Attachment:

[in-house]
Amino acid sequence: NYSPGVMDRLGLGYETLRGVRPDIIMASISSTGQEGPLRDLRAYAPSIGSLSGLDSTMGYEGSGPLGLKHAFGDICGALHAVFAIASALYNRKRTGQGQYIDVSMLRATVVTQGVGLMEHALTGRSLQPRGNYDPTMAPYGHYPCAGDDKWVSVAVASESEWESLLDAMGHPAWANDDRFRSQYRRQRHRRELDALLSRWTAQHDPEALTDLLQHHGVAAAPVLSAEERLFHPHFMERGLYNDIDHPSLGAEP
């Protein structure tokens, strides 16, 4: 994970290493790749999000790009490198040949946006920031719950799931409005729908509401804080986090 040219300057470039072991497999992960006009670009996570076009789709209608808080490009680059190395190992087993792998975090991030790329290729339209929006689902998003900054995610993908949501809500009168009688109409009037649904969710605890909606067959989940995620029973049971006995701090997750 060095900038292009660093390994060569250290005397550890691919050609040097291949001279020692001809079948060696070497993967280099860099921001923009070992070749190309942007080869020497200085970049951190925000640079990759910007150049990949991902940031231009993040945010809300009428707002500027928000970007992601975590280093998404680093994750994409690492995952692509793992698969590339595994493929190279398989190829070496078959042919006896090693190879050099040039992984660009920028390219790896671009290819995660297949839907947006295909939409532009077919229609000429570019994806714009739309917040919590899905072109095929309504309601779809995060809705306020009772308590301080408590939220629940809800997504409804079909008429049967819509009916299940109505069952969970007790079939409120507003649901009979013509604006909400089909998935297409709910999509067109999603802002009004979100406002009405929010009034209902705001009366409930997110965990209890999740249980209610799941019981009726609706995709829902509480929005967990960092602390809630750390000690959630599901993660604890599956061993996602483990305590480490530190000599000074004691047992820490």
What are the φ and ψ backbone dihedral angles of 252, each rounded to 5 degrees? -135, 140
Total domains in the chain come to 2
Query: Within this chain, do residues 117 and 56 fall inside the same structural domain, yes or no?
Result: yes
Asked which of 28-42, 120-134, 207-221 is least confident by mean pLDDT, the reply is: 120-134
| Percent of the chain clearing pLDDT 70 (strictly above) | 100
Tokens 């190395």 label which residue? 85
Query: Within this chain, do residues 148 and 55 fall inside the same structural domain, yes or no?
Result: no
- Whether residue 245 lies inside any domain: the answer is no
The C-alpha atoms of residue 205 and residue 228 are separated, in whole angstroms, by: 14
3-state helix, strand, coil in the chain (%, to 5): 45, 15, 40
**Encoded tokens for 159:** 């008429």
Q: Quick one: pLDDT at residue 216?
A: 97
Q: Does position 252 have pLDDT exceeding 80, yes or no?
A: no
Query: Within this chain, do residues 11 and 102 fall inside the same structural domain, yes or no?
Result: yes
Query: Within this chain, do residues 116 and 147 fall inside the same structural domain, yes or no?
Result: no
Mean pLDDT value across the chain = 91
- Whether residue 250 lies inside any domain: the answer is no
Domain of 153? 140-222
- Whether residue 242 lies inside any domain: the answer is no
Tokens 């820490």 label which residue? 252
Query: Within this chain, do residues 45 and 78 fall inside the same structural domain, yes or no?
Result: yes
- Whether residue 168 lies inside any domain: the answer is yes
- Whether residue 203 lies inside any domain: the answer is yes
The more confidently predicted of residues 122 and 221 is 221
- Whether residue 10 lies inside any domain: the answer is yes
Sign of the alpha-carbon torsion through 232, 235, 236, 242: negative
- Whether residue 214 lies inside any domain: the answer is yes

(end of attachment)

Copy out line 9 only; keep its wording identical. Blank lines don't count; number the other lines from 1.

| Percent of the chain clearing pLDDT 70 (strictly above) | 100